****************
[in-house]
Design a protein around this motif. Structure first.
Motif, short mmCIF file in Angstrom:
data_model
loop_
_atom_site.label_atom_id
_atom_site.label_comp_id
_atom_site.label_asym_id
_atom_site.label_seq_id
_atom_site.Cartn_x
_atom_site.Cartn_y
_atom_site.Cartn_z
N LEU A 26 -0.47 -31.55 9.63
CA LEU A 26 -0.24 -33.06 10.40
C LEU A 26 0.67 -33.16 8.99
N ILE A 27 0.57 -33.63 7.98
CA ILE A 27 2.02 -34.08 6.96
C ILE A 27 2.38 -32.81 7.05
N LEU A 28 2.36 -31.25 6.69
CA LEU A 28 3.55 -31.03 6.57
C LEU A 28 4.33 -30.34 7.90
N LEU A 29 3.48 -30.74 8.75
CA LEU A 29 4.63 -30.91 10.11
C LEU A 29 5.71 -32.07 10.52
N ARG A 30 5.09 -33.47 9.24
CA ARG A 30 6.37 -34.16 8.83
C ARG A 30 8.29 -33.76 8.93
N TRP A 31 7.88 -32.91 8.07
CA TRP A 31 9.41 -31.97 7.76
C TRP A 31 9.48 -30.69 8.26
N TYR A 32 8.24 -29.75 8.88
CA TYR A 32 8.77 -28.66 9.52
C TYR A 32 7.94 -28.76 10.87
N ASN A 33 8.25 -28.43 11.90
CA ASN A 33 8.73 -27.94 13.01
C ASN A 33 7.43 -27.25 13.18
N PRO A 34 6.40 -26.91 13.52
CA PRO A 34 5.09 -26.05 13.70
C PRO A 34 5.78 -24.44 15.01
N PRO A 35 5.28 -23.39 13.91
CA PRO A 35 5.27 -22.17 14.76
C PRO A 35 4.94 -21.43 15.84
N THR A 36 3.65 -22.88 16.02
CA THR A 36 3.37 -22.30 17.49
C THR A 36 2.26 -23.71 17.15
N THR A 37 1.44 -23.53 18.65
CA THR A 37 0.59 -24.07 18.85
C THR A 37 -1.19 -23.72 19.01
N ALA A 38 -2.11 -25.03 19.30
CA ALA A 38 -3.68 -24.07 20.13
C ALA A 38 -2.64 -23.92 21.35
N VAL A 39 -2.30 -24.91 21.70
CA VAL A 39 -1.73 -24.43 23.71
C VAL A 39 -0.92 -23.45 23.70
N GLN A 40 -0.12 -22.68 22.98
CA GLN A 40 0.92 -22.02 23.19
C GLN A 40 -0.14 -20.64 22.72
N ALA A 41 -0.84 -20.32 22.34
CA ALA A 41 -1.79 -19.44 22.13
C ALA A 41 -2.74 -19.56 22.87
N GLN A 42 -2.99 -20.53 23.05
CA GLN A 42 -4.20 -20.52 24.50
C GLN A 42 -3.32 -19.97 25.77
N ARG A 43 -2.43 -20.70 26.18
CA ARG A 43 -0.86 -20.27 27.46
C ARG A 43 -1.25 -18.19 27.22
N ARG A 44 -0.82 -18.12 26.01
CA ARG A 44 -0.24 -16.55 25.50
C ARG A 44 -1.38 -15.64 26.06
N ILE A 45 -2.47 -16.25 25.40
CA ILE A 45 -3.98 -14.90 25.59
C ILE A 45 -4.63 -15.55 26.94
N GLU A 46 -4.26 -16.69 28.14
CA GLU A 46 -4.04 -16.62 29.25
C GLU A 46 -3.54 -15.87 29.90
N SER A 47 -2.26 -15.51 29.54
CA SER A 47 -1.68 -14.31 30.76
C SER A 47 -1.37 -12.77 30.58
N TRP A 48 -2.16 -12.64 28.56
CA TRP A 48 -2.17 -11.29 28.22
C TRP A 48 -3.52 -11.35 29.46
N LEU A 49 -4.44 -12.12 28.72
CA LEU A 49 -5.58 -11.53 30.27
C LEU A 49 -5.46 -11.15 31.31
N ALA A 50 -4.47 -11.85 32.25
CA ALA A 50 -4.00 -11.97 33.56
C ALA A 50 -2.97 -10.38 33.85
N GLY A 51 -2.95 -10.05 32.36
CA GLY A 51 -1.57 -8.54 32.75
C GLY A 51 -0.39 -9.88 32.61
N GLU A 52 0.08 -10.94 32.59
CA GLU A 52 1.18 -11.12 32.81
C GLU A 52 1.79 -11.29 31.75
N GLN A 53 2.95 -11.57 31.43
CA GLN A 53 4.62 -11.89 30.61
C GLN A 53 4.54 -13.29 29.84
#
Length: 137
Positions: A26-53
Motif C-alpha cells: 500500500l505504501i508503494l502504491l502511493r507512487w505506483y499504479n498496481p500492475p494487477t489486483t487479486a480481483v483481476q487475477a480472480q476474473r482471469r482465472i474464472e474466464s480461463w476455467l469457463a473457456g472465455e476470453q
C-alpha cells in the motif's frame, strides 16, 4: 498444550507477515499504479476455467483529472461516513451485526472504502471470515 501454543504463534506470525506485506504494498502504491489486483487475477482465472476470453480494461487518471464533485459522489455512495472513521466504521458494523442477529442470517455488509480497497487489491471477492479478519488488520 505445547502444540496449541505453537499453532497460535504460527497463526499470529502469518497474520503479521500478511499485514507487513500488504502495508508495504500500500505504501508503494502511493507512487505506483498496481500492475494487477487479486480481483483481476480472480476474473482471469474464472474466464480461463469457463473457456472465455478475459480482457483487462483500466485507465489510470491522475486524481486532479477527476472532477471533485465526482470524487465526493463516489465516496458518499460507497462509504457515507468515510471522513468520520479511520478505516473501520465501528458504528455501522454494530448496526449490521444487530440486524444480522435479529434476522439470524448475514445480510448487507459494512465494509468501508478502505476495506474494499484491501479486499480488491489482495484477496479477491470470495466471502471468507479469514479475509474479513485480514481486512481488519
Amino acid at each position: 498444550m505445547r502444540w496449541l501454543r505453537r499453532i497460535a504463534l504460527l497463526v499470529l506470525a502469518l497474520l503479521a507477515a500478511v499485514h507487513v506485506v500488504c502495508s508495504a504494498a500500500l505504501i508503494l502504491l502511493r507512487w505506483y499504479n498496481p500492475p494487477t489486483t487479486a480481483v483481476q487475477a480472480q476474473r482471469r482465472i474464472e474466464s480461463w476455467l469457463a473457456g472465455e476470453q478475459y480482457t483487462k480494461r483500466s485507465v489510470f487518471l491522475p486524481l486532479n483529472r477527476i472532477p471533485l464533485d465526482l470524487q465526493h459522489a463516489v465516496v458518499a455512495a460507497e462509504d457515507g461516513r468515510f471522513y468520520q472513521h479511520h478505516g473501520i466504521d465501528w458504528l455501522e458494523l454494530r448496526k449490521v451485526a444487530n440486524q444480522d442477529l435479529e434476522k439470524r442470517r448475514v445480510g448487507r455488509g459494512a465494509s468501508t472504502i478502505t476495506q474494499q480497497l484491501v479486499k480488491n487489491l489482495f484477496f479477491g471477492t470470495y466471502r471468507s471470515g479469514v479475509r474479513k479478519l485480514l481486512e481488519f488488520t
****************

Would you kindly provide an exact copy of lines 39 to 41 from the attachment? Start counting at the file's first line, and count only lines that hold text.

C PRO A 34 5.78 -24.44 15.01
N PRO A 35 5.28 -23.39 13.91
CA PRO A 35 5.27 -22.17 14.76